Centralizing your order management
Depending on your email client, you can set up sorting rules. They will forward sales and return emails from different stores to dedicated inboxes. You can take it a step further and automatically forward these orders and returns to specific addresses.
This helps to designate certain actions to specific employees. These sorting rules are available in Microsoft Outlook, Google Gmail, and Mozilla Thunderbird, amongst others.
Unify your customer support
Keeping track of customer support in a multi-store setup can get complicated fast. This is especially the case if you localize your customer support for customers based on demographics.
A unified customer support system keeps all your customer queries and order management details in one central inbox. Luckily, Shopify has a lot of professional tips on how to provide professional customer support.
Centralize your inventory
Without an inventory management system, you run the risk of overselling your products. To manage multiple Shopify stores effectively, you need a centralized view of what’s happening with inventory levels.
The best way to do this is to use an inventory management system. It will aggregate your data across your stores to a centralized system capable of managing orders across all online sites. Egnition’s own Multi-Store Sync Power does this by synchronizing inventory and product data across all connected Shopify stores.
Simplifying product management
With two or more Shopify stores, it’s quickly going to become difficult to manage updates to your products. If you’re localizing prices by region, selling off-price items through a dedicated store, or making bundles available to a specific target market, then this work will quickly multiply out of control.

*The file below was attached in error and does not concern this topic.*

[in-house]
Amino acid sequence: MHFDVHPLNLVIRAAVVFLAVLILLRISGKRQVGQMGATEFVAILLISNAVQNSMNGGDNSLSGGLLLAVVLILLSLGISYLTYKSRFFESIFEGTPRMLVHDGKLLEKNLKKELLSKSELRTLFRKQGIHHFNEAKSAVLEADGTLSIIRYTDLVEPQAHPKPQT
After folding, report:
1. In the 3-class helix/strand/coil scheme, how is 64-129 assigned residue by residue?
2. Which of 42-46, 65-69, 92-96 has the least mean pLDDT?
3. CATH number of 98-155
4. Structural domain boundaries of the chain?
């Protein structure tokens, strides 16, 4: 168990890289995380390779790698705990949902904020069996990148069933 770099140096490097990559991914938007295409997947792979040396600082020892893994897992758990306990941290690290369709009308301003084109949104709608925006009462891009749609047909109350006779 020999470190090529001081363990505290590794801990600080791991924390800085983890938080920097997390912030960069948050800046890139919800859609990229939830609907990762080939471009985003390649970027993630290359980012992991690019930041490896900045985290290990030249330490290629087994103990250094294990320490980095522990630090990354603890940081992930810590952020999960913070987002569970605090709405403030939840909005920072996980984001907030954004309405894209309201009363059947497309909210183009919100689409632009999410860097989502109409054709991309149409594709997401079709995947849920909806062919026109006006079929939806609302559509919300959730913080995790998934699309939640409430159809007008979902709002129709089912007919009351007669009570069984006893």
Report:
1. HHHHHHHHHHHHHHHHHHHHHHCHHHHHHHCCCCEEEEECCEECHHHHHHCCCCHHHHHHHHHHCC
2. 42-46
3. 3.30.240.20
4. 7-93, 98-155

Once again, Sync Power can give you a way to manage inventory from a central point. This two-way sync lets you update inventory and products data including localized currencies from a central location – with all the changes pushed live across your stores according to your needs.
You can also try our other apps for managing products. For example, Out-of-Stock Police – it will push sold out items down or hide products when out-of-stock.
Go forth and conquer!
If you’ve followed the details in this article, your new shops should be mostly set up. Once you set up your IP redirects app, you can activate your advertising campaigns, send off your email blasts, and start directing traffic between your multiple shops.
Managing multiple Shopify stores can involve more work. But they offer the opportunity to grow profits by reaching new markets. And with processes mentioned here, you’ll be able to conquer many of the common challenges. It’s time to take full advantage of running multiple Shopify stores.